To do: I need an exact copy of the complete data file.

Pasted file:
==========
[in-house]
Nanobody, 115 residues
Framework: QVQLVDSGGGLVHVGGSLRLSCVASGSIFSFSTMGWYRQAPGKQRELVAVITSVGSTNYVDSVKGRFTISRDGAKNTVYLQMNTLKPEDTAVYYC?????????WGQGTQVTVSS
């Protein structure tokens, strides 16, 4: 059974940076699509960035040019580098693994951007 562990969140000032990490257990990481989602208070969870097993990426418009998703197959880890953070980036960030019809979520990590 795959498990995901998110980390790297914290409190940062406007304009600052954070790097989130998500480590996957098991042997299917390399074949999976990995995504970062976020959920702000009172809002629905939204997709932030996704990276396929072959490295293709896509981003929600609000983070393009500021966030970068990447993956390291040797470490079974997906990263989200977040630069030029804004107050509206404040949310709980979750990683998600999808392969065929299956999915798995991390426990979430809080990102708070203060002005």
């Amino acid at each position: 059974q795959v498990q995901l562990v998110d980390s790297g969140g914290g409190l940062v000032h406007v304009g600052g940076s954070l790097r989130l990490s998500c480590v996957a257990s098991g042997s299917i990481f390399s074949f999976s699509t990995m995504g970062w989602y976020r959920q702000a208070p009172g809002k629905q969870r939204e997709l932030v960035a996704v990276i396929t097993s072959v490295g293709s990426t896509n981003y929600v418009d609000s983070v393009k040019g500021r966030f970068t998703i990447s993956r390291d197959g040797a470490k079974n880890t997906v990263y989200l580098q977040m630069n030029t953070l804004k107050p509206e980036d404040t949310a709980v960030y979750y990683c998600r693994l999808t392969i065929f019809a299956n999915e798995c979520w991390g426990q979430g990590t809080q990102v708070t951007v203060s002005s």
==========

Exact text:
[in-house]
Nanobody, 115 residues
Framework: QVQLVDSGGGLVHVGGSLRLSCVASGSIFSFSTMGWYRQAPGKQRELVAVITSVGSTNYVDSVKGRFTISRDGAKNTVYLQMNTLKPEDTAVYYC?????????WGQGTQVTVSS
């Protein structure tokens, strides 16, 4: 059974940076699509960035040019580098693994951007 562990969140000032990490257990990481989602208070969870097993990426418009998703197959880890953070980036960030019809979520990590 795959498990995901998110980390790297914290409190940062406007304009600052954070790097989130998500480590996957098991042997299917390399074949999976990995995504970062976020959920702000009172809002629905939204997709932030996704990276396929072959490295293709896509981003929600609000983070393009500021966030970068990447993956390291040797470490079974997906990263989200977040630069030029804004107050509206404040949310709980979750990683998600999808392969065929299956999915798995991390426990979430809080990102708070203060002005």
């Amino acid at each position: 059974q795959v498990q995901l562990v998110d980390s790297g969140g914290g409190l940062v000032h406007v304009g600052g940076s954070l790097r989130l990490s998500c480590v996957a257990s098991g042997s299917i990481f390399s074949f999976s699509t990995m995504g970062w989602y976020r959920q702000a208070p009172g809002k629905q969870r939204e997709l932030v960035a996704v990276i396929t097993s072959v490295g293709s990426t896509n981003y929600v418009d609000s983070v393009k040019g500021r966030f970068t998703i990447s993956r390291d197959g040797a470490k079974n880890t997906v990263y989200l580098q977040m630069n030029t953070l804004k107050p509206e980036d404040t949310a709980v960030y979750y990683c998600r693994l999808t392969i065929f019809a299956n999915e798995c979520w991390g426990q979430g990590t809080q990102v708070t951007v203060s002005s």